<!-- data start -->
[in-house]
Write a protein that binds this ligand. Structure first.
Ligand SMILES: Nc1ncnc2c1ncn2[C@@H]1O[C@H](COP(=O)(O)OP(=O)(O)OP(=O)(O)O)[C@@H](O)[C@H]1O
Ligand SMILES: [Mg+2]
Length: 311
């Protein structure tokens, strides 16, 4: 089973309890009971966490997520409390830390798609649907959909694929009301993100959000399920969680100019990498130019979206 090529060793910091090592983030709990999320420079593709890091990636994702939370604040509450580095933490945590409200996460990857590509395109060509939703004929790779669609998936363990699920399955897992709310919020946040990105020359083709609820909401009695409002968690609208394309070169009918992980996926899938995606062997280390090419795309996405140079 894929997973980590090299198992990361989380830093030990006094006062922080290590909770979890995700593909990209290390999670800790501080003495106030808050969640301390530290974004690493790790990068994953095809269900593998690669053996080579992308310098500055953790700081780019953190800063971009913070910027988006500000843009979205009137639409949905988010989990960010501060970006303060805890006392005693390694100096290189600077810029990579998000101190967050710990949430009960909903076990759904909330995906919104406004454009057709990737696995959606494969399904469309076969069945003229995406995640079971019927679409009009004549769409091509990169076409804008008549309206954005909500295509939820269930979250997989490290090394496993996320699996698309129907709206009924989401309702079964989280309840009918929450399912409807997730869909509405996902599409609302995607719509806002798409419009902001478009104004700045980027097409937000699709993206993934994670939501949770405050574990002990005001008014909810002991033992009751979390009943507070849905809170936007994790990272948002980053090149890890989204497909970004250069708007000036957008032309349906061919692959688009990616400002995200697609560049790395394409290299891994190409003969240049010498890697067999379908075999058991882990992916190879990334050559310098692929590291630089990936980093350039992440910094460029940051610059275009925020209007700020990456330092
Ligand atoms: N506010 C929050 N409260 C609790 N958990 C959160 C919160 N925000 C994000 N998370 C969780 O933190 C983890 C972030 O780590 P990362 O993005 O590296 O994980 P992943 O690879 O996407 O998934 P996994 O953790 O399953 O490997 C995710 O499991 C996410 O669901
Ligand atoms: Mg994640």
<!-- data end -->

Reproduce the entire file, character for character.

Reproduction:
[in-house]
Write a protein that binds this ligand. Structure first.
Ligand SMILES: Nc1ncnc2c1ncn2[C@@H]1O[C@H](COP(=O)(O)OP(=O)(O)OP(=O)(O)O)[C@@H](O)[C@H]1O
Ligand SMILES: [Mg+2]
Length: 311
């Protein structure tokens, strides 16, 4: 089973309890009971966490997520409390830390798609649907959909694929009301993100959000399920969680100019990498130019979206 090529060793910091090592983030709990999320420079593709890091990636994702939370604040509450580095933490945590409200996460990857590509395109060509939703004929790779669609998936363990699920399955897992709310919020946040990105020359083709609820909401009695409002968690609208394309070169009918992980996926899938995606062997280390090419795309996405140079 894929997973980590090299198992990361989380830093030990006094006062922080290590909770979890995700593909990209290390999670800790501080003495106030808050969640301390530290974004690493790790990068994953095809269900593998690669053996080579992308310098500055953790700081780019953190800063971009913070910027988006500000843009979205009137639409949905988010989990960010501060970006303060805890006392005693390694100096290189600077810029990579998000101190967050710990949430009960909903076990759904909330995906919104406004454009057709990737696995959606494969399904469309076969069945003229995406995640079971019927679409009009004549769409091509990169076409804008008549309206954005909500295509939820269930979250997989490290090394496993996320699996698309129907709206009924989401309702079964989280309840009918929450399912409807997730869909509405996902599409609302995607719509806002798409419009902001478009104004700045980027097409937000699709993206993934994670939501949770405050574990002990005001008014909810002991033992009751979390009943507070849905809170936007994790990272948002980053090149890890989204497909970004250069708007000036957008032309349906061919692959688009990616400002995200697609560049790395394409290299891994190409003969240049010498890697067999379908075999058991882990992916190879990334050559310098692929590291630089990936980093350039992440910094460029940051610059275009925020209007700020990456330092
Ligand atoms: N506010 C929050 N409260 C609790 N958990 C959160 C919160 N925000 C994000 N998370 C969780 O933190 C983890 C972030 O780590 P990362 O993005 O590296 O994980 P992943 O690879 O996407 O998934 P996994 O953790 O399953 O490997 C995710 O499991 C996410 O669901
Ligand atoms: Mg994640």